From a distance, the egg tree (Solanum ovigerum) does really look as if it’s bearing chicken eggs. Like its cousin the common eggplant (Solanum melongena), the egg tree plant produces raw fruits. The two”egg” plants are short-lived perennials in U.S. Department of Agriculture plant hardiness zones 9 to 12, and frequently grown as annual garden vegetables.
It’s No Yolk
Though sometimes known as a tree, the branching tropical vegetable plant rarely grows taller than 3 feet. The edible”egg” vegetables — which are berries, botanically speaking — grow 6 to 12 inches long and 3 to 5 inches broad. When young, the fruits are white, or egg-colored. As they ripen, the fruits turn vivid yellow. Grow them as you would common eggplant, in containers or in rich garden beds place in full sun.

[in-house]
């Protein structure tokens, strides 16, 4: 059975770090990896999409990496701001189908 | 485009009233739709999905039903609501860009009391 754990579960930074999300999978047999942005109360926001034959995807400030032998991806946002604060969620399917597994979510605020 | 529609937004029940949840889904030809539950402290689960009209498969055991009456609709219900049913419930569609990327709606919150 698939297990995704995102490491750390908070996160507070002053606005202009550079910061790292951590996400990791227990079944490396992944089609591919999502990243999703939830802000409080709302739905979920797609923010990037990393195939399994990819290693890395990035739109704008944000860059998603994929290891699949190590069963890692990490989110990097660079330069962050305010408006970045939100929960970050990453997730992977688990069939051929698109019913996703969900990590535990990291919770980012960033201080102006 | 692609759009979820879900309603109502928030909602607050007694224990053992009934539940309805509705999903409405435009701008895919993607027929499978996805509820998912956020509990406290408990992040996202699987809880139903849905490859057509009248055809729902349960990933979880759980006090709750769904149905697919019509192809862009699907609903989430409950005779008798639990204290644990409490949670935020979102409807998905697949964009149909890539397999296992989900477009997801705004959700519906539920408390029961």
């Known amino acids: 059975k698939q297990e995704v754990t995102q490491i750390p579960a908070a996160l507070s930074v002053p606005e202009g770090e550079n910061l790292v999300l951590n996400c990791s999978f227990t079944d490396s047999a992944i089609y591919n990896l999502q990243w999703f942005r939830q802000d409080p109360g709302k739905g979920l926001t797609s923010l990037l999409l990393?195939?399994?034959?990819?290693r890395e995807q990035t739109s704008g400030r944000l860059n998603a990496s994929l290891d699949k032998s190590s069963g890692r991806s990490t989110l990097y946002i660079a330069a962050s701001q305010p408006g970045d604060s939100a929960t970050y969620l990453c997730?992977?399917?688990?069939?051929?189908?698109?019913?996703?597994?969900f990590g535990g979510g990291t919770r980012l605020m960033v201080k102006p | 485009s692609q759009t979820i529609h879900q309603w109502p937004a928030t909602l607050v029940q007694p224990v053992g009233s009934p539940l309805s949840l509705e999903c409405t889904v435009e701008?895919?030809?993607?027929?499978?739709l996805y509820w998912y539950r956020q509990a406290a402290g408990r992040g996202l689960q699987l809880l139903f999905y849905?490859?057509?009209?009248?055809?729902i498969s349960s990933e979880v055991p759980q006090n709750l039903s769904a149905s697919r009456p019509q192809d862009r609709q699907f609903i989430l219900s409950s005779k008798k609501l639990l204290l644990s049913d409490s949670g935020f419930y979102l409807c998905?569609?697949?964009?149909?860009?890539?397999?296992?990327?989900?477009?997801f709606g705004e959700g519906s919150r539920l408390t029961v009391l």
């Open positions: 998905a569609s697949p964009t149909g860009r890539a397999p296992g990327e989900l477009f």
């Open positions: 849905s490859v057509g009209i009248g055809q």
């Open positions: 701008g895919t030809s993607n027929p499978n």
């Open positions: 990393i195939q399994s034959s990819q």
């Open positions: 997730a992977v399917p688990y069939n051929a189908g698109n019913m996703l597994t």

An Egg-cellent Meal
Although the common eggplant group does include some white kinds, such as”White Beauty” and”Albino,” egg tree’s fruits are somewhat more markedly egg-shaped. They are also less bitter and boast a creamier texture than ordinary purple eggplants do. You’ll want to pare egg tree’s fruits before cooking them. Otherwise, prepare them as you would purple or white common eggplant — grill, bake, stir-fry or pickle them.